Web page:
Micron Investor Day: Big Plans for Tomorrow

Pretty photo of a die reflecting a rainbow of lightDuring Micron’s May 12 Investor Day Conference the company presented a number of new memory technologies and one compelling new business strategy that The Memory Guy thought were worth sharing.  The audience learned of yet-another planar DRAM process node, Micron’s layer count for its next-generation NAND, how a portion of its proprietary SSD controller has been absorbed into the NAND chips, and finally of a new approach to contracts to help manage memory chips’ notorious price swings.

1εnm DRAM (that’s an epsilon!)

The only Greek I ever learned was in college, where the Greek alphabet was used for math symbols (πr²), abbreviations for measurements (kΩ, µF), and fraternities or honors societies (ΦBK).  DRAM and COVID-19 are now expanding my understanding of the Greek alphabet.

CAD drawing of a cross-section of Micron's 1β DRAM designFor whatever reason, DRAM manufacturers stopped using numbers to define process nodes when they dropped below 20nm.  They started with 1Xnm, expecting only to produce three nodes between the 20nm and single-digit nodes (if single digits could be made to work at all!)  But after 1Xnm, 1Ynm, and 1Znm the industry got to the end of the Latin alphabet, and had found ways to introduce yet more nodes in the teens of nanometers for which they needed names.  Other companies started over with the Latin alphabet and went to 1Anm, while Micron chose to “Go Greek”.  The company pulled ahead of its competition starting with 1Znm and now has 1αnm DRAM in volume production, with 1βnm in its “yield ramp” phase and slated to ramp production starting before the end of this year.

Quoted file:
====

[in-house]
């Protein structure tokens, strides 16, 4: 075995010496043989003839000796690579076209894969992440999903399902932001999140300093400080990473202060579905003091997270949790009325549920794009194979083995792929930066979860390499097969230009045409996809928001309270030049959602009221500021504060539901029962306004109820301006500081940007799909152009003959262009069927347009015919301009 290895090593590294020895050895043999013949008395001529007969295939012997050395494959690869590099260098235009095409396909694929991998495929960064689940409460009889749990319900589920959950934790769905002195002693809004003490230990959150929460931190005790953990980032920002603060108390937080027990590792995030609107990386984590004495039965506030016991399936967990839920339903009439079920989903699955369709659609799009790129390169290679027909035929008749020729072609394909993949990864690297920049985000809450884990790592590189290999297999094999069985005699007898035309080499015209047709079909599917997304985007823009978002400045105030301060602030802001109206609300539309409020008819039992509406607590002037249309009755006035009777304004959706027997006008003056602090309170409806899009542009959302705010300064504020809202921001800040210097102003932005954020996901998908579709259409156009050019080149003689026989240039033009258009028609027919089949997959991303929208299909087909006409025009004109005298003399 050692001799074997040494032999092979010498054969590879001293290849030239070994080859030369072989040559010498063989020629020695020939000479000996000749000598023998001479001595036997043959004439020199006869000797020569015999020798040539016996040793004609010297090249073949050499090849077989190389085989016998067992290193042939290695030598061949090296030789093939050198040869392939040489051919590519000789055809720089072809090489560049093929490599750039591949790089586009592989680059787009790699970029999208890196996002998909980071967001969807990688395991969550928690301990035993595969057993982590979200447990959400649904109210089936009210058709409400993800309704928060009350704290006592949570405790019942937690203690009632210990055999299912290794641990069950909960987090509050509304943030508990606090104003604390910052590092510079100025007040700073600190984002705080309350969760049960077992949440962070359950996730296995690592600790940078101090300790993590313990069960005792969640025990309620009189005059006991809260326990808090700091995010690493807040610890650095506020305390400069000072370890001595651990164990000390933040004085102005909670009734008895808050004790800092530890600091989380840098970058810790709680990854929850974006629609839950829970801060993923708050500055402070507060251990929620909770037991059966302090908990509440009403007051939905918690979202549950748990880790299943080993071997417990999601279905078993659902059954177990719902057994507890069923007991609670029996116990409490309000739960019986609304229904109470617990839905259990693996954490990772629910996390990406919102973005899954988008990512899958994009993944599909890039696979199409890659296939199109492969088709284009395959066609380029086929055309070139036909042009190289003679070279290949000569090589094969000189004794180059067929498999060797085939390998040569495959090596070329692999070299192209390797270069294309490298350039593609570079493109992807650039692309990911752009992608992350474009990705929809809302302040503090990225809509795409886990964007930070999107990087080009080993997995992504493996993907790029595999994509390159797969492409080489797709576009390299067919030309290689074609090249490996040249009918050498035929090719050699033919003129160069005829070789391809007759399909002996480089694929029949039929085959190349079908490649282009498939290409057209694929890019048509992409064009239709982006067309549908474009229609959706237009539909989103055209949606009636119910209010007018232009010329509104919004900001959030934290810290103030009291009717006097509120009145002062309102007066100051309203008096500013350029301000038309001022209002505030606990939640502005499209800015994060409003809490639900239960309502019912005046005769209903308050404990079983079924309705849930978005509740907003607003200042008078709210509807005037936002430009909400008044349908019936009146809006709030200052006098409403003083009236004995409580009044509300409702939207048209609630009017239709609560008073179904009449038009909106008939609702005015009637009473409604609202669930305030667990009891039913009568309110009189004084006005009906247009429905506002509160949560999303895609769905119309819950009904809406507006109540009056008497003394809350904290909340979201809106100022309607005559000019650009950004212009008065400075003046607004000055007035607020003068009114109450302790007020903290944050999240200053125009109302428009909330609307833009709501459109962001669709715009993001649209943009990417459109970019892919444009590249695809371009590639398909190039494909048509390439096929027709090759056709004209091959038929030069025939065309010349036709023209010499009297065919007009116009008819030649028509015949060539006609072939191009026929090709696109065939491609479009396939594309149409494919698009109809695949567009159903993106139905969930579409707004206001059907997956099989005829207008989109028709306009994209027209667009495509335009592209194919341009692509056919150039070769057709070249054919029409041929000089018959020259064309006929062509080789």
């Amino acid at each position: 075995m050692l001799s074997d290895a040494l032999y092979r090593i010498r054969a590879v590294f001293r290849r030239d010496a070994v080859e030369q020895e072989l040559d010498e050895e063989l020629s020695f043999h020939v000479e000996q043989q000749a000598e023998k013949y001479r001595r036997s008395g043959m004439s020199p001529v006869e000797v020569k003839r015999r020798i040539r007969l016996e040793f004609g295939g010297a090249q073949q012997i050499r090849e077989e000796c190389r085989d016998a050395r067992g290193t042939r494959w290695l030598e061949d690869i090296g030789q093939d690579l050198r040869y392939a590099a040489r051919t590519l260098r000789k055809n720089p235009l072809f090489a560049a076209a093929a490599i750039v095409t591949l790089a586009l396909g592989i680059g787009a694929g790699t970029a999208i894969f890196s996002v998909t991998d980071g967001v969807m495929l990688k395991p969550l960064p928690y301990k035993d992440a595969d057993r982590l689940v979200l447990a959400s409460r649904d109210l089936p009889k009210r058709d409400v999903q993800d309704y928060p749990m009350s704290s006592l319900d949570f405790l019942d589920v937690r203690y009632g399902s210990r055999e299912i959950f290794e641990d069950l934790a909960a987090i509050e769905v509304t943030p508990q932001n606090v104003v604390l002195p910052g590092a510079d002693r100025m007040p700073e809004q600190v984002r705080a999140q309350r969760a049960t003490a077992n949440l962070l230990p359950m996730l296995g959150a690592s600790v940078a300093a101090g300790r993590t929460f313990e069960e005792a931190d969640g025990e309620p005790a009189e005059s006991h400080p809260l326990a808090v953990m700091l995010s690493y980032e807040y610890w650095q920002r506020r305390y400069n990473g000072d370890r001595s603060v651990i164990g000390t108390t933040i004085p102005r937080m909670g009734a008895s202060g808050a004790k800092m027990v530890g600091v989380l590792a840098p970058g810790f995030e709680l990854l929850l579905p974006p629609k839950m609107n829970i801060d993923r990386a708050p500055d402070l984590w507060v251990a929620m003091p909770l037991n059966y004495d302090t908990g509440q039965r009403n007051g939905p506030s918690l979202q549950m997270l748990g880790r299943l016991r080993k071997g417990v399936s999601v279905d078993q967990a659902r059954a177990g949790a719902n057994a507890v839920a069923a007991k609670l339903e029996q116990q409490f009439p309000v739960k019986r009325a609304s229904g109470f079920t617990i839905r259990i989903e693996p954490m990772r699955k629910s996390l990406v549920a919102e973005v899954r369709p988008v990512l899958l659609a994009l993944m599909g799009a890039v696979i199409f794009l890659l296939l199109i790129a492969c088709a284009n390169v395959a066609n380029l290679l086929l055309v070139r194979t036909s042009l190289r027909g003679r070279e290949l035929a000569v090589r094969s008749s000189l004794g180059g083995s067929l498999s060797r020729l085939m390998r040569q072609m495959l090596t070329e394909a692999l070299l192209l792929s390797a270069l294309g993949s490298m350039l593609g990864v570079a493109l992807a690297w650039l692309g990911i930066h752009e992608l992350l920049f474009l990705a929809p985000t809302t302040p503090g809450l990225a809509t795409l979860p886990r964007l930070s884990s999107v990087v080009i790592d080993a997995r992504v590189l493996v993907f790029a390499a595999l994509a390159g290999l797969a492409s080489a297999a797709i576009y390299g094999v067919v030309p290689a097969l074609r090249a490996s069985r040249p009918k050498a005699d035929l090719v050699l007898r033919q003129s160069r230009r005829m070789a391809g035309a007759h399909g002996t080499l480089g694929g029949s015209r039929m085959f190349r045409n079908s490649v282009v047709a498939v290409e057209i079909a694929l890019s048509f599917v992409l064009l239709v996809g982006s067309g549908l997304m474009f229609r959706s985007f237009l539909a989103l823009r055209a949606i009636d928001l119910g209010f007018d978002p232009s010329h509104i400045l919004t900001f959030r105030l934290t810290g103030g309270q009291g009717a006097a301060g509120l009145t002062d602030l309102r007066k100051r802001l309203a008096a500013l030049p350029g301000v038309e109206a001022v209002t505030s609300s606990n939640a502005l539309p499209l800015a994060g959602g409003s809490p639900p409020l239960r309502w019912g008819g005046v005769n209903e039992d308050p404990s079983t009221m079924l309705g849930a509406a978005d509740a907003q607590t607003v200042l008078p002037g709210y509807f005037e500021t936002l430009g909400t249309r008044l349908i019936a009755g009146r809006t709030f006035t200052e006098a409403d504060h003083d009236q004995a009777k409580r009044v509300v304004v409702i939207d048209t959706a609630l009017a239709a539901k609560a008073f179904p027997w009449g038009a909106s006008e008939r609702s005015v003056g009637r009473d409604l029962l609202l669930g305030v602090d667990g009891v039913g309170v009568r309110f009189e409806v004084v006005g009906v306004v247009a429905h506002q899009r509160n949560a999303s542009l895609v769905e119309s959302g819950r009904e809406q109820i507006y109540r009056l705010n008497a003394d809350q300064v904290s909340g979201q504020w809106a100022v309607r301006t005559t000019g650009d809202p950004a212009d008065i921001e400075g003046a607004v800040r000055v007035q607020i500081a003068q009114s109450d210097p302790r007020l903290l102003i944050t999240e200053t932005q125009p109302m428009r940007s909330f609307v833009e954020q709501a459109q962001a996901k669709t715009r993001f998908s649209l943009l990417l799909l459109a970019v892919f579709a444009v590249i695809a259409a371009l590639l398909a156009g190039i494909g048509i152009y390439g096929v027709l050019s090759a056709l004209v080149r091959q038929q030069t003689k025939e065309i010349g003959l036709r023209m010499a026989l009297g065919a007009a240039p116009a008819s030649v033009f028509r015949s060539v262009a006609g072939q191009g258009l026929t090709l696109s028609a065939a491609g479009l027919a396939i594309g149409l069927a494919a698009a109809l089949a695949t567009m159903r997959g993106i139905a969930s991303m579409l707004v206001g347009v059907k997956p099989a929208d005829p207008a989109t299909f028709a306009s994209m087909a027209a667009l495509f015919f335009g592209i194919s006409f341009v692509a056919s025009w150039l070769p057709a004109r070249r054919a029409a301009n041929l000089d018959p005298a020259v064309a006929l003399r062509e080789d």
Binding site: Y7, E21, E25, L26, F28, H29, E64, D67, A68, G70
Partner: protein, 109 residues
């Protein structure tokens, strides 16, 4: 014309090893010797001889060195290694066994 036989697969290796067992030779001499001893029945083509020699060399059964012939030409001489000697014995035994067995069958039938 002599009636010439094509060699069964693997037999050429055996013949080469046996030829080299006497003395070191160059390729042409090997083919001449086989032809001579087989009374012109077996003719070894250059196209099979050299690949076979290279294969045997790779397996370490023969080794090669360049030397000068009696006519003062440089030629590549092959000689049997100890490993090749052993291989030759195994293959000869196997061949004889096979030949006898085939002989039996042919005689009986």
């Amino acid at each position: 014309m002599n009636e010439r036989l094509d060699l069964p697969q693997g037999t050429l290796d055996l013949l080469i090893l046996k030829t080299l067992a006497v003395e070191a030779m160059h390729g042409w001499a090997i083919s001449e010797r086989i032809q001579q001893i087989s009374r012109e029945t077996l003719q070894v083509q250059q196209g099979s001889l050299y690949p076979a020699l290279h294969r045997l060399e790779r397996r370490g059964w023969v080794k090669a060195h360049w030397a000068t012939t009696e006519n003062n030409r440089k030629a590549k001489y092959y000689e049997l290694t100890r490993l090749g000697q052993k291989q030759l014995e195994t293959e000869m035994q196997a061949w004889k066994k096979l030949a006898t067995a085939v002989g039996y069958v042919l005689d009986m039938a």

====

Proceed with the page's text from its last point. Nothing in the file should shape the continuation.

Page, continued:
Unlike its competitors, Micron says that the company has no need to use costly extreme ultraviolet lithography (EUV) until it starts in calendar year 2024 to produce its 1γnm chips, which are currently in “yield enablement”.  After 1γnm comes 1δnm, which is currently in its “structural development” phase.  Pathfinding is underway for the 1εnm node.

So, thanks in part to Micron, I now recognize alpha, beta, gamma, delta, and epsilon: α, β, γ, δ, and ε.

During its Investor Day, Micron’s EVP of Technology and Products Scott DeBoer explained that the company expects to ship its 1εnm node before it has any need to go to a 3D DRAM approach, although it is already investigating 3D DRAM technologies, which will be introduced “at the right time for Micron”.  (I’ll publish a 3D DRAM post in the near future, and plan to present various spins on the technology at the Flash Memory Summit in August.)

Management also spoke of other important new DRAM technologies like Hi-k metal gate peripheral logic, its leadership in DDR5 production, other advanced DDR interfaces, as well as CXL and the company’s work on HBM3.  I won’t be going into detail on those in this post.

232-layer NAND flash

Conceptual model of 232-Layer 2-Stack 3D NAND with CUA (CMOS Under Array)As it did with DRAM, Micron pulled ahead of its competition in 3D NAND layer count with its 176-layer product, and now plans to ramp a 232-layer chip which is also targeted to ramp by the end of this year.  This part uses only two layers of string stacking, which is something of a surprise, since Micron first used string stacking in its 64-layer part, and this product has almost four times as many layers.